Athens cleans up 63 abandoned buildings making up architectural, historic wealth




The Athens city council has cleaned up 63 buildings in central areas, such as Omonia, many of which had been abandoned or occupied by squatters, posing health and safety risks to neighborhoods.


The buildings are part of some 1,800 dwellings in the Greek capital that have been abandoned for decades, often featuring neoclassical architecture and historic significance.


Many of them are listed buildings but are crumbling due to neglect over the years. In some instances, they simply collapse, crushing nearby parked cars and threatening the lives of passers-by.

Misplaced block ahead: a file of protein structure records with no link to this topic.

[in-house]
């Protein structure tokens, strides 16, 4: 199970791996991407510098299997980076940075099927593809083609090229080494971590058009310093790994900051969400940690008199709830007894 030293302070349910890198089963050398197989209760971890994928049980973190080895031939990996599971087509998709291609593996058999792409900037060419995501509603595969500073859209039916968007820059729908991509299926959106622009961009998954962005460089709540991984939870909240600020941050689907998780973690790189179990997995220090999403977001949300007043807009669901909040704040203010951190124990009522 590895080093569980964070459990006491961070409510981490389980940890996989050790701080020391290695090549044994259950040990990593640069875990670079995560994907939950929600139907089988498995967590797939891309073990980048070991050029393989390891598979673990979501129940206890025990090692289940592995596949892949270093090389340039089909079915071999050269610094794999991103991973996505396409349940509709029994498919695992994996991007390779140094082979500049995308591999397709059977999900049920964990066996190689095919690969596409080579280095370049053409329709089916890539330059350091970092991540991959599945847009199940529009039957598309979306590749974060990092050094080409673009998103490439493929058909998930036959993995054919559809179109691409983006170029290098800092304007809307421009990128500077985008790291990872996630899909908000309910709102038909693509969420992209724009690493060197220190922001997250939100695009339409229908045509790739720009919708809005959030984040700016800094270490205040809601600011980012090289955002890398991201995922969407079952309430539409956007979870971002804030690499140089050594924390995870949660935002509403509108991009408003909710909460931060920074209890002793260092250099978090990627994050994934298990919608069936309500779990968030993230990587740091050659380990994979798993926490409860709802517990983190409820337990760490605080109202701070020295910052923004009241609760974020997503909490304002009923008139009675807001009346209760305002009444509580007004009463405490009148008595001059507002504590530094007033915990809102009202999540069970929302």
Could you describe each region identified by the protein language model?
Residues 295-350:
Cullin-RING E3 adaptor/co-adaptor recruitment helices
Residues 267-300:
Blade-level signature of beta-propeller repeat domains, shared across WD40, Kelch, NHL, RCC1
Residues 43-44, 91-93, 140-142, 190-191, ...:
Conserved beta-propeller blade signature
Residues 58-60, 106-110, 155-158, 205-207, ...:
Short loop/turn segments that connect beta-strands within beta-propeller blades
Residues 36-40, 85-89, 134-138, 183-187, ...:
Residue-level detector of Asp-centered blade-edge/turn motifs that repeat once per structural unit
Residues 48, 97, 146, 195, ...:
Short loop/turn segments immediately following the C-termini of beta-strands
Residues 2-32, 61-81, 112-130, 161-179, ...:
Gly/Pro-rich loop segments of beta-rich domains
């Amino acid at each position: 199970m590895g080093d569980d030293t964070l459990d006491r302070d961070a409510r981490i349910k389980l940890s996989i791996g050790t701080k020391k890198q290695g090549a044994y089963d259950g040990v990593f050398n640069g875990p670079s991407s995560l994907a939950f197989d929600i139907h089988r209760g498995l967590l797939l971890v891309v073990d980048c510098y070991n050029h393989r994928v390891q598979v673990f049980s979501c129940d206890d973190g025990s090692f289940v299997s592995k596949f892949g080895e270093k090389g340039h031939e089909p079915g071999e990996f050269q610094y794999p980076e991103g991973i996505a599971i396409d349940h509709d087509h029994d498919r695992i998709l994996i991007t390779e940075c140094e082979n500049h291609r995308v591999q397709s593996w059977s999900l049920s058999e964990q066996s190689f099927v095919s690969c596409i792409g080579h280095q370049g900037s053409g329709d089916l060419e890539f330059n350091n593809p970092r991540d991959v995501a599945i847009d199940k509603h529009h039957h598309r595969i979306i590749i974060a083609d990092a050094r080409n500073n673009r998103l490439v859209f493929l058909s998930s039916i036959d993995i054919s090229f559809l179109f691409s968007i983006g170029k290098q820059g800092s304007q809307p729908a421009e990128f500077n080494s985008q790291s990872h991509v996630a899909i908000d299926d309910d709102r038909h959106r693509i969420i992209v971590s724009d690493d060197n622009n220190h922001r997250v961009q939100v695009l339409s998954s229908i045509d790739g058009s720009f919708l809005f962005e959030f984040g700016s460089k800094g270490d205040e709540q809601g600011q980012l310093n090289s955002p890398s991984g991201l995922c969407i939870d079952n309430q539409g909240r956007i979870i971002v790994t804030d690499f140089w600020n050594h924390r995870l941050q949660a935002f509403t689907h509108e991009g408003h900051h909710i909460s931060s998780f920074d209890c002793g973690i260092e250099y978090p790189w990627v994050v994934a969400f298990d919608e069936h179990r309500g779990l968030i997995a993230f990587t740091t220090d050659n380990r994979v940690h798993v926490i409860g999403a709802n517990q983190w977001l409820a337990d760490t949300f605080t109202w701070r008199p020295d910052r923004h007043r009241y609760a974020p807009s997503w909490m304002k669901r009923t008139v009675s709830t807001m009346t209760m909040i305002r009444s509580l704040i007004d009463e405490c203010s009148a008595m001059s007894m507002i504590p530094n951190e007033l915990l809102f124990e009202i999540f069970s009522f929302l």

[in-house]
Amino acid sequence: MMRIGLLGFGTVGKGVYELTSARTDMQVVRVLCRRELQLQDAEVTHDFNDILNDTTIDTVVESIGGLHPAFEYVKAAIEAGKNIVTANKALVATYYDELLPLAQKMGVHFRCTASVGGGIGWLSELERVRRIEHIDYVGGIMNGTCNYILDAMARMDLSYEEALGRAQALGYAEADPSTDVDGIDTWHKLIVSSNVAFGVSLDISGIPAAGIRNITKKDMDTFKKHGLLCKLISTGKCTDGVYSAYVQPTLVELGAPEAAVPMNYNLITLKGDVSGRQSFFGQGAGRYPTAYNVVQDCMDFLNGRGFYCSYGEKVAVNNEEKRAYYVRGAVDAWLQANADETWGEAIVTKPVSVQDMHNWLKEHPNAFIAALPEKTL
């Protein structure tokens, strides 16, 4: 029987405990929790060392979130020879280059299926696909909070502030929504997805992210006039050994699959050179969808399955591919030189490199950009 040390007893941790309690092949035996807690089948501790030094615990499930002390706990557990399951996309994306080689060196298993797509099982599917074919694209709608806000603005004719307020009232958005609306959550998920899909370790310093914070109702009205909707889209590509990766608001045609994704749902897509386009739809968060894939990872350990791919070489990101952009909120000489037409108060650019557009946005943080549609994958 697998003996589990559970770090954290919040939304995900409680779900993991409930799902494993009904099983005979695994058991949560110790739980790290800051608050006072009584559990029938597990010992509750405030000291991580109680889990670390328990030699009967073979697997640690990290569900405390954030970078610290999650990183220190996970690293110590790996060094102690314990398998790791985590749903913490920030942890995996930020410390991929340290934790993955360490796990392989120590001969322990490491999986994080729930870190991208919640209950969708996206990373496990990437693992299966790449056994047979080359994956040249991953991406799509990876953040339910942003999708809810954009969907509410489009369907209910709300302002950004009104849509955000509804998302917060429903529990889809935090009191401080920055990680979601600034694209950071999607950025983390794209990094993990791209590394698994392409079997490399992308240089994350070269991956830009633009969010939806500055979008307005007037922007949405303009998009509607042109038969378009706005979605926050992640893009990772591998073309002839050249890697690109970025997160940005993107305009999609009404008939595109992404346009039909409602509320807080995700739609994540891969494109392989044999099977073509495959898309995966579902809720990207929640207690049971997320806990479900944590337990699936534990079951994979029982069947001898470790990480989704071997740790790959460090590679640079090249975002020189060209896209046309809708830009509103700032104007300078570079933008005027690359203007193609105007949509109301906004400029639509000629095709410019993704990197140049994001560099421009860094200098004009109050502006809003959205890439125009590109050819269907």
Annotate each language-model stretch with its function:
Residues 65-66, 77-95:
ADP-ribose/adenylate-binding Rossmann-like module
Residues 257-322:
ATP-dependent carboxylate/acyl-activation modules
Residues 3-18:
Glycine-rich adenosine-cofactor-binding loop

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There have been repeated calls for the government to introduce incentives to preserve these buildings - owned by individuals, businesses and authorities - seen as being a key part of the city's heritage.


"This is one of the largest operations to have taken place in Athens to date, not only to recover parts of its wealth in buildings, but also to address safety concerns among residents and protect public health," the Athens municipality said in a statement.


Buildings and public spaces in Patissia, the Acropolis area, Psyrri and Metaxourgeio were also cleaned up, the council added. Some of these districts are rundown but have also drawn significant investments in residential housing in recent years due to their proximity to tourist destinations, such as the Acropolis.


Athens mayor Kostas Bakoyiannis said that efforts will continue in improving abandoned sites.






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